Contact is defined by the World Health Organization (WHO) as someone who has:
Slept in the same household as a patient
Had direct physical contact with the patient during the illness or at the funeral
Touched the patient's body fluids or clothes/bed linens during the illness
Been breastfed by the patient (babies).
Case definitions are updated frequently and differ depending on the organisation. Links to the case definitions by the WHO and CDC are below:
Patients are not considered infectious until they develop symptoms. The initial presentation is non-specific, which makes early clinical diagnosis difficult; however, typical symptoms include:
Unexplained bleeding or bruising.
The most common symptoms reported on admission during the 2014 outbreak were: fever (76%), fatigue (71%), anorexia (64%), headache (56%), diarrhoea (51%), vomiting (50%), myalgia/arthralgia (48%), abdominal pain (40%), sore throat (29%), and conjunctivitis (27%). Other less common symptoms included difficulty swallowing (22%), difficulty breathing (18%), hiccups (13%), haemorrhagic signs (11%), confusion (9%), and rash (3%).
Three phases of illness are typically recognised, starting with a few days of nonspecific fever, headache, and myalgia, and followed by a gastrointestinal phase where diarrhoea, vomiting, abdominal symptoms, and dehydration are prominent. In the second week, the patient may either recover, or deteriorate with a third phase of illness, which includes collapse, neurological manifestations, and bleeding. This phase is often fatal.
Data from the 2014 outbreak indicate that children are relatively spared; however, this may be confounded by a high fatality rate before being registered as a case, or the bias of high rates in healthcare workers. Children present with similar symptoms to adults; however, in previous outbreaks, younger children are reported to have more respiratory (e.g., cough, dyspnoea) and gastrointestinal symptoms, but less bleeding and neurological signs compared with adults. Data were sparse for this patient group in the 2014 outbreak. A paediatric cohort study in Sierra Leone described symptoms in 282 patients and found vomiting (60%), abdominal pain (59%), diarrhoea (45%), and conjunctivitis (38%) were common, while hiccups (5%) and bleeding (2%) were rare. Another study in Sierra Leone found that weakness, fever, and distress were each present in more than 63% of children, and loss of appetite, diarrhea, and cough were present in more than 50%. Approximately 25% of these children did not have fever at the time of admission.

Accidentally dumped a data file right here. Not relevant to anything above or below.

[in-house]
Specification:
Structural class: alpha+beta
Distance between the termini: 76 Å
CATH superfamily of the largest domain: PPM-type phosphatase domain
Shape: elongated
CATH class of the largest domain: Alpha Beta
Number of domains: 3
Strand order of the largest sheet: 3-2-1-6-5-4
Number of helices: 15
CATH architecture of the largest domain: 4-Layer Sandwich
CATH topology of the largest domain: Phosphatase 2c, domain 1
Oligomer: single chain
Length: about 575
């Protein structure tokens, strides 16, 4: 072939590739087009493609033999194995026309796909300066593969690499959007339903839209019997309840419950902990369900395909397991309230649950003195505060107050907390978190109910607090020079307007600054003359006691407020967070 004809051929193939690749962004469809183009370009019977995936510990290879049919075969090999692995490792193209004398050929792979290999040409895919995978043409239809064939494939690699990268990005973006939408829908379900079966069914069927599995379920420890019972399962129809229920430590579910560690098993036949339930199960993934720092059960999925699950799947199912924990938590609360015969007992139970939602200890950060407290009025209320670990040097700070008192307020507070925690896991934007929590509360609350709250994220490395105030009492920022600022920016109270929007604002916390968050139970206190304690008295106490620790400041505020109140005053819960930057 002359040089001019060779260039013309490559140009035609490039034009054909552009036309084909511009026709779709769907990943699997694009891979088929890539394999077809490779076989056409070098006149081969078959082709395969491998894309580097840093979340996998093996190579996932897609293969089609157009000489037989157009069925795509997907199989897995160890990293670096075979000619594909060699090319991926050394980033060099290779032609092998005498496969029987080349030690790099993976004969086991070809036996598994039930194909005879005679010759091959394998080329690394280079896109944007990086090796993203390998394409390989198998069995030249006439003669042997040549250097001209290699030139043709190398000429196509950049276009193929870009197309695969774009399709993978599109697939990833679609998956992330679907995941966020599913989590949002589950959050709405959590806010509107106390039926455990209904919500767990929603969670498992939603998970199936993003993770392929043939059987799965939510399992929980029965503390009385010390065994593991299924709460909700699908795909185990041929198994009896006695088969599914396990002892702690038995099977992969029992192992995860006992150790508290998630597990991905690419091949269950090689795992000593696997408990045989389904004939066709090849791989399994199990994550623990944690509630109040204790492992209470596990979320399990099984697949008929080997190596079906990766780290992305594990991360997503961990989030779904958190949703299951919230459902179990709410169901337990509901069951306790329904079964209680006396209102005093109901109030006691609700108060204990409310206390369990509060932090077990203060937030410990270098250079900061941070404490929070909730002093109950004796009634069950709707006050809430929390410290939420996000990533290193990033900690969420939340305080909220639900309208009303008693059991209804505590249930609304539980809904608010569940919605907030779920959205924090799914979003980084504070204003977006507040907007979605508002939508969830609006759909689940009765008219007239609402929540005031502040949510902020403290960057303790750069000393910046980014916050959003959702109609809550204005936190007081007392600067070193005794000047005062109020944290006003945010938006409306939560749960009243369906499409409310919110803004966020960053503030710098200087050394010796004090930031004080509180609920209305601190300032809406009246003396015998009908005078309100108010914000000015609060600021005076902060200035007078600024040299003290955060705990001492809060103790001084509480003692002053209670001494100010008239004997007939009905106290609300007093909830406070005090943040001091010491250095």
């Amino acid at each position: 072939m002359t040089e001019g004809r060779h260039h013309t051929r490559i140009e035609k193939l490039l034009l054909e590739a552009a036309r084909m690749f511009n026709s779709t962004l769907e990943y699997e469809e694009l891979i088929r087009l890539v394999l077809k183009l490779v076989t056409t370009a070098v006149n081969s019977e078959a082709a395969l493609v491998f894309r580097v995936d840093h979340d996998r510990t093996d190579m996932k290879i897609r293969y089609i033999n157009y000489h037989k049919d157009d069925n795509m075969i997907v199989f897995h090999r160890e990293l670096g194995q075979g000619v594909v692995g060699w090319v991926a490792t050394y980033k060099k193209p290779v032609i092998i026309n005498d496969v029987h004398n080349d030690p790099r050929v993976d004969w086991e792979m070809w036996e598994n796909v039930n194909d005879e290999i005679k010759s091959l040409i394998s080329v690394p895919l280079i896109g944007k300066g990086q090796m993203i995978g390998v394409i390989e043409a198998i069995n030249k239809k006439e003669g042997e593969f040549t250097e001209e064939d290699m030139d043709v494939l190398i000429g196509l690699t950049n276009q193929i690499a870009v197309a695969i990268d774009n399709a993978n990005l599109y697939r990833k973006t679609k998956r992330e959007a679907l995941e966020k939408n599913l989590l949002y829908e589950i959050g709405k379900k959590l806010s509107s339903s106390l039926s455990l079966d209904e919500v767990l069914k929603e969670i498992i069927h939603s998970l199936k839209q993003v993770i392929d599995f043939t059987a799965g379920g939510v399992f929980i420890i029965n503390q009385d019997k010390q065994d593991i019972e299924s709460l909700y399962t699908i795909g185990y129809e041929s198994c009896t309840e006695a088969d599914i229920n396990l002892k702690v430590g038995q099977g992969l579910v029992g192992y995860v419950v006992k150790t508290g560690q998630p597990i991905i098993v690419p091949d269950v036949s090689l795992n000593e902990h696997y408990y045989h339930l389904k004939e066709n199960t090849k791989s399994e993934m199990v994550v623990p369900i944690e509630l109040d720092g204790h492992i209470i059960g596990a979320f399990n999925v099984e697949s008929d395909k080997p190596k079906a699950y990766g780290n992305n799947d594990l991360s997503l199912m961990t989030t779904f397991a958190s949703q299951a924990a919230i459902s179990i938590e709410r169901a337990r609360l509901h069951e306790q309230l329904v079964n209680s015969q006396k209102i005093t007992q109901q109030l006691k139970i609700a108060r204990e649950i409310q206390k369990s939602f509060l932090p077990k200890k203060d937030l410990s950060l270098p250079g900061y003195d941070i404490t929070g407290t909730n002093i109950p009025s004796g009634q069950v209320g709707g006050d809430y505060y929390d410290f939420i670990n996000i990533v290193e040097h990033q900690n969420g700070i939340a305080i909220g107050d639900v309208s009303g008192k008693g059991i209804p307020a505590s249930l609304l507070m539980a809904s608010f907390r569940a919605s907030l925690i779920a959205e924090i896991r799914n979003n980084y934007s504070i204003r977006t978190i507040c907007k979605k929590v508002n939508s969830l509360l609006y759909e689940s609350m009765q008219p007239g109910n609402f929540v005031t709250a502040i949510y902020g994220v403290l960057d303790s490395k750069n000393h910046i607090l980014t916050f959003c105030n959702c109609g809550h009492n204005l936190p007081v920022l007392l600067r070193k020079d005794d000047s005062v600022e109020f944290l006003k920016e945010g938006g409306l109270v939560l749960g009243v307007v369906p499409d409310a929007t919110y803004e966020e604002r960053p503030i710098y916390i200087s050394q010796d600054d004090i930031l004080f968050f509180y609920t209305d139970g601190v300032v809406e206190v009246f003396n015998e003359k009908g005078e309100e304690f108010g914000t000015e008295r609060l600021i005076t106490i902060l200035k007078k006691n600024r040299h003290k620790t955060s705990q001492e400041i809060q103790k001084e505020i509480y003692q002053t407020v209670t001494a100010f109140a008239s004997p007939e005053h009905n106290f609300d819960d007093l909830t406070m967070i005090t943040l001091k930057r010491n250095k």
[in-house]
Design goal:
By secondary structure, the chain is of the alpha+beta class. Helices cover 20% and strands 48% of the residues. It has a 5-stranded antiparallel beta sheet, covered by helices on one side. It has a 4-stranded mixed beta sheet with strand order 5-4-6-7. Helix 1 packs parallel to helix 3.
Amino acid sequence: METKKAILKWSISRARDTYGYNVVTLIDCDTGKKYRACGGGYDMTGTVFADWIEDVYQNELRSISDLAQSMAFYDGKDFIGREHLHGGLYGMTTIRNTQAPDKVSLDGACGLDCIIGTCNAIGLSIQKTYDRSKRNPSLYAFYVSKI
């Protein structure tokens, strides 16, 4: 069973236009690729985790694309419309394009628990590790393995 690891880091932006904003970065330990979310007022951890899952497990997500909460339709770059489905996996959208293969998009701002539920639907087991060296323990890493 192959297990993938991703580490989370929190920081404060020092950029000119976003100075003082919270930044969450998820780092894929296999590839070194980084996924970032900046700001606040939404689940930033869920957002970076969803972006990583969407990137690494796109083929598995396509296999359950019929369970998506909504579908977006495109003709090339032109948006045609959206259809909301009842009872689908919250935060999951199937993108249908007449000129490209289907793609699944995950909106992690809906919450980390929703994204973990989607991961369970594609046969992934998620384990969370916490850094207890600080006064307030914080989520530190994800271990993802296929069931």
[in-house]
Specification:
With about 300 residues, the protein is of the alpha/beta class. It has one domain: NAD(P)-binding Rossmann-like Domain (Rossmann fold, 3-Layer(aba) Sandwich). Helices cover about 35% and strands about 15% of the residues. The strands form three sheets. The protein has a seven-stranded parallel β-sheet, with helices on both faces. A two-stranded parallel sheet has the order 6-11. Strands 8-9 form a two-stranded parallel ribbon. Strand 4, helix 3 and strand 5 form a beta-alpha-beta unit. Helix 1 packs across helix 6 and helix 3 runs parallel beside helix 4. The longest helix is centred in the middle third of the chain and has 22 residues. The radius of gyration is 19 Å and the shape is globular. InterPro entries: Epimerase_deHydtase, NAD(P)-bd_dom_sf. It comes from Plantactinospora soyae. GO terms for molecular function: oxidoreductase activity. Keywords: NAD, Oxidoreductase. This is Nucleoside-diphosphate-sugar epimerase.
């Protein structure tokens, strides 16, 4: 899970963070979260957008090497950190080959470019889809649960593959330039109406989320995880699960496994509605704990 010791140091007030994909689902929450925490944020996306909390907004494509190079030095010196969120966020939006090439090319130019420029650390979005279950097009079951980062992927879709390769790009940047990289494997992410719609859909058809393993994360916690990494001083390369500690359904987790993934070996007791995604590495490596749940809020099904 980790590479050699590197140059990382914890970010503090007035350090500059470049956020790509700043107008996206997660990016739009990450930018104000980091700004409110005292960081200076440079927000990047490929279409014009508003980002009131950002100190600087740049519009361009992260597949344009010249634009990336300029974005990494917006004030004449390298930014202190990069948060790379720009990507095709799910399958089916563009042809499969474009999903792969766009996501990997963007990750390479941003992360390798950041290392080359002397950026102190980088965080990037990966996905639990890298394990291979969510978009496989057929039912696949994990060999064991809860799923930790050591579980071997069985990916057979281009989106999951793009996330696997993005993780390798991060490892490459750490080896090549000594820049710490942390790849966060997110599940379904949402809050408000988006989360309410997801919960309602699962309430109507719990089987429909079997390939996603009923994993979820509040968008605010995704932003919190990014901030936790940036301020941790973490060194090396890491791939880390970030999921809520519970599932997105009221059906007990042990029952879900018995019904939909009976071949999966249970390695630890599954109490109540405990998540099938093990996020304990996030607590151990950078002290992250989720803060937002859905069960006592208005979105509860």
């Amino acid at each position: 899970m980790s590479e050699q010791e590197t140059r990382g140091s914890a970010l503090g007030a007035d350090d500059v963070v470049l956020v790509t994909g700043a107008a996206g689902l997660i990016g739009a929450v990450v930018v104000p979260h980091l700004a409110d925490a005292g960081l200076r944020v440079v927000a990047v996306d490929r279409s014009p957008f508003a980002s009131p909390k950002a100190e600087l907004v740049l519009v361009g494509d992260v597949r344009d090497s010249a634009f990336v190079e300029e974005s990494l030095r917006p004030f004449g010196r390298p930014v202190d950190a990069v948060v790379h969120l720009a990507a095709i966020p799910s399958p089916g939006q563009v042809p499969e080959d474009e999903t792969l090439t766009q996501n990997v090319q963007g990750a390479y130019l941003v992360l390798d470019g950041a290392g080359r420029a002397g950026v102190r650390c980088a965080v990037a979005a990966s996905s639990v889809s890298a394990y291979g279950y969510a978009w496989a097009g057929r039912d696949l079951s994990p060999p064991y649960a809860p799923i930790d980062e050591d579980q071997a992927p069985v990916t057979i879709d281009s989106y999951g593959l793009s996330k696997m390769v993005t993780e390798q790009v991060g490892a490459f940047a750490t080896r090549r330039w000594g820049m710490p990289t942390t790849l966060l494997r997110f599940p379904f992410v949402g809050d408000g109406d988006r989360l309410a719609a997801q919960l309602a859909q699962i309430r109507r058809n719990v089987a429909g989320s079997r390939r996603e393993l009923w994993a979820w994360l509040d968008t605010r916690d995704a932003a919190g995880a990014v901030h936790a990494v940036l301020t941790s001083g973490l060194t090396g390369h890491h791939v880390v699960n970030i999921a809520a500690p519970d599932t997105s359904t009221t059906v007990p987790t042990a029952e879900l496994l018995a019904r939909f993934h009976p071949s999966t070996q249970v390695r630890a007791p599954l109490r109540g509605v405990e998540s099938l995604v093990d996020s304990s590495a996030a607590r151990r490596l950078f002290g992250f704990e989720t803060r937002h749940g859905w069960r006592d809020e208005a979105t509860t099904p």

Anecdotally, children aged under 4 years initially present with more subtle symptoms before developing a fever, and are often diagnosed later in the course of illness.
A full physical examination should be undertaken with the aim of excluding a focus for sepsis while looking for signs of viral haemorrhagic fever (e.g., conjunctival injection, purpuric rash, or other signs of bleeding).
Vital signs should be taken: